Wheel building machines

For discussions about bikes and equipment.
Cyril Haearn
Posts: 14558
Joined: 30 Nov 2013, 11:26am
Location: Leafy suburbia

Wheel building machines

Postby Cyril Haearn » 3 Jun 2020, 4:33pm

One understands that many wheels are built by machines, I looked for info, did not find much. I rebuilt a wheel myself once (new hub, same type as before), not too difficult, but I am afraid of trying to get the right spoke length when building from scratch
How do wheel building machines work, are they very complicated?
What product volume is needed to justify a machine? Can a machine be adjusted to make different types of wheel? Can a machine be better than a person?
Where may I buy one?
Entertainer, idealist, intellectual, PoB, 30120
Cycling-of course, but it is far better on a Gillott
We love safety cameras, we hate bullies

User avatar
simonineaston
Posts: 3804
Joined: 9 May 2007, 1:06pm
Location: ...at a cricket ground

Re: Wheel building machines

Postby simonineaston » 3 Jun 2020, 4:37pm

I got one of them! It wasn't very dear, although it is a bit slow. It's infinitely programmable, but can take a while to learn new lacing patterns and wotnot - it's not cheap to run tho' insisting as it does on regular trips to Waitrose and beer...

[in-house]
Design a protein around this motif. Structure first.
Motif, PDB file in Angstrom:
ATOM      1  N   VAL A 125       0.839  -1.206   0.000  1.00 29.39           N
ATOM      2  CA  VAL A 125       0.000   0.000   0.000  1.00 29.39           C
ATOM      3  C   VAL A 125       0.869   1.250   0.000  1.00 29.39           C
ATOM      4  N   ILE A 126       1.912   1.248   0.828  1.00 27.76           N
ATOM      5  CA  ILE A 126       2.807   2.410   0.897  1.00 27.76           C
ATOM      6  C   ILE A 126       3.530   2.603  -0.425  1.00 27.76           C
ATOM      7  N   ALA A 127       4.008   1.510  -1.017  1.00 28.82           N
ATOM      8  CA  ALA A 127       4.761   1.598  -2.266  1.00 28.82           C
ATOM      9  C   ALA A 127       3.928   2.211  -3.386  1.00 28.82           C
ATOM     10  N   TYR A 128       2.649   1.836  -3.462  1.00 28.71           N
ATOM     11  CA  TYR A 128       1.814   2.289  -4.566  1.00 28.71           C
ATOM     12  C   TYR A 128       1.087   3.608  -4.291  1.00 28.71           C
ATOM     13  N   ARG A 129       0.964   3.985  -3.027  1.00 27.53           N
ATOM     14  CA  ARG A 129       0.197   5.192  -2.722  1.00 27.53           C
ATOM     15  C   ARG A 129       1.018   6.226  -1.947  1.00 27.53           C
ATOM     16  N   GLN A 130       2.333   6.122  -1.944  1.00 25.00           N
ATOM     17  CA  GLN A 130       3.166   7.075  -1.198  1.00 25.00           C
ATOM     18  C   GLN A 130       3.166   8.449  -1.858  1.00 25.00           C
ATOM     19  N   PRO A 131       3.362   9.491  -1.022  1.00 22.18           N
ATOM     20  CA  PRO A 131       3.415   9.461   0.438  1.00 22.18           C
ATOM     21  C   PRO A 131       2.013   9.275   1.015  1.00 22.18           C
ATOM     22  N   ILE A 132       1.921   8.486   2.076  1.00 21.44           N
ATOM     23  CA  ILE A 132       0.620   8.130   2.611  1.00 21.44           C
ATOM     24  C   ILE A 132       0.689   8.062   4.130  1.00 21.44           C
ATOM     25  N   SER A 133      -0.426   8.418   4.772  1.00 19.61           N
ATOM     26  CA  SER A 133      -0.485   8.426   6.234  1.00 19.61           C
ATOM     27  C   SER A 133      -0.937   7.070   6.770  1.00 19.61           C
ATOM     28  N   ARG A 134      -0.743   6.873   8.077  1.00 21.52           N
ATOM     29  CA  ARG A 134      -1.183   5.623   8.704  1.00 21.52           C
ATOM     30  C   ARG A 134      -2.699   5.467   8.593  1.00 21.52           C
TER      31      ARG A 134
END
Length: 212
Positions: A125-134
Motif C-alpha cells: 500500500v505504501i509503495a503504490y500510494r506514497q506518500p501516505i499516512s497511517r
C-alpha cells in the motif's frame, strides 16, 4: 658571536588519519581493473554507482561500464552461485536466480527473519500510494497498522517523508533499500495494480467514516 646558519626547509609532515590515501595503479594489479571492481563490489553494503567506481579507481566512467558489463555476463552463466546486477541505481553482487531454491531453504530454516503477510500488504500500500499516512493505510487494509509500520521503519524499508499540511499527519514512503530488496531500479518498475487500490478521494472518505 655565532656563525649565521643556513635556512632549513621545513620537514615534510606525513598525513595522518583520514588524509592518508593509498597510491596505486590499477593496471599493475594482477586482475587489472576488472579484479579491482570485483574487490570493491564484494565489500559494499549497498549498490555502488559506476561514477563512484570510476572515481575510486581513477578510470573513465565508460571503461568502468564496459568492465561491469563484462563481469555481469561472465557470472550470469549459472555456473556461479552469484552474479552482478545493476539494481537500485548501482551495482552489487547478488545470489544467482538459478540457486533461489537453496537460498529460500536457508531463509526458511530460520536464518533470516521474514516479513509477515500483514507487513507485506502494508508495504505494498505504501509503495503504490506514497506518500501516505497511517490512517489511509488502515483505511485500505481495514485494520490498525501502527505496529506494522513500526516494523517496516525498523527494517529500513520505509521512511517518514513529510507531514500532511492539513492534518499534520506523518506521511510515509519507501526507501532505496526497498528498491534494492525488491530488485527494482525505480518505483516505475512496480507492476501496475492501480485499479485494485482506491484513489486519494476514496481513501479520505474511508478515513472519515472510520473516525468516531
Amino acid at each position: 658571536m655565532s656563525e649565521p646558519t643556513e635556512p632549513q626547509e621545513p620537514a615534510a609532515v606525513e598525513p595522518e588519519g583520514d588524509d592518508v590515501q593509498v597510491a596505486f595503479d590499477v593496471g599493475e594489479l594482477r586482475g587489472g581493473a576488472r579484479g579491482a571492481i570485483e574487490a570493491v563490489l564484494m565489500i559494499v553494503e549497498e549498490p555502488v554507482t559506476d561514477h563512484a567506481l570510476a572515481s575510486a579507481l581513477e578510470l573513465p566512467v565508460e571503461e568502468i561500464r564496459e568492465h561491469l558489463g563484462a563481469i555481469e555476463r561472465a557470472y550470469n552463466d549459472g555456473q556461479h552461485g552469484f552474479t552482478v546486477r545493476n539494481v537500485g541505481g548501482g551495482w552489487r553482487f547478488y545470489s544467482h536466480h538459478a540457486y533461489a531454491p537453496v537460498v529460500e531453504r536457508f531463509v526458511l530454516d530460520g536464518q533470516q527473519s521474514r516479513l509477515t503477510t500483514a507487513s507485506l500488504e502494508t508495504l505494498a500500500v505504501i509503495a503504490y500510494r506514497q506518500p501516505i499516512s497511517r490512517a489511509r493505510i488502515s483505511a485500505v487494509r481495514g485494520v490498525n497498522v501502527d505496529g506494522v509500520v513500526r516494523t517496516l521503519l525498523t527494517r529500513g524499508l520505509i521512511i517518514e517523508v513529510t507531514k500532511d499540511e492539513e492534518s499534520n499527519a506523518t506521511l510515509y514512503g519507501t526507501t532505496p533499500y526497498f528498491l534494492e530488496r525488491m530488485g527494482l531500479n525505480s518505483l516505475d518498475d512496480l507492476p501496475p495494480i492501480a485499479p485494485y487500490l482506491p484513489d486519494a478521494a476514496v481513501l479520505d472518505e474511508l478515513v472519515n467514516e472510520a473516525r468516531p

byyeee,
SiE

gxaustin
Posts: 619
Joined: 23 Sep 2015, 12:07pm

Re: Wheel building machines

Postby gxaustin » 3 Jun 2020, 5:00pm

I've used both the DT Swiss spoke calculator and the Edd one. Both worked well.
You input the rim and hub dimensions together with spoke count and number of crosses, if any. Some common rim dimensions are held on the Edd system (e.g. Open Pro).
I should imagine that wheel building machines are large and very expensive and the spokes still have to be loaded into the hubs.

rualexander
Posts: 2440
Joined: 2 Jul 2007, 9:47pm
Contact:

Re: Wheel building machines

Postby rualexander » 3 Jun 2020, 7:18pm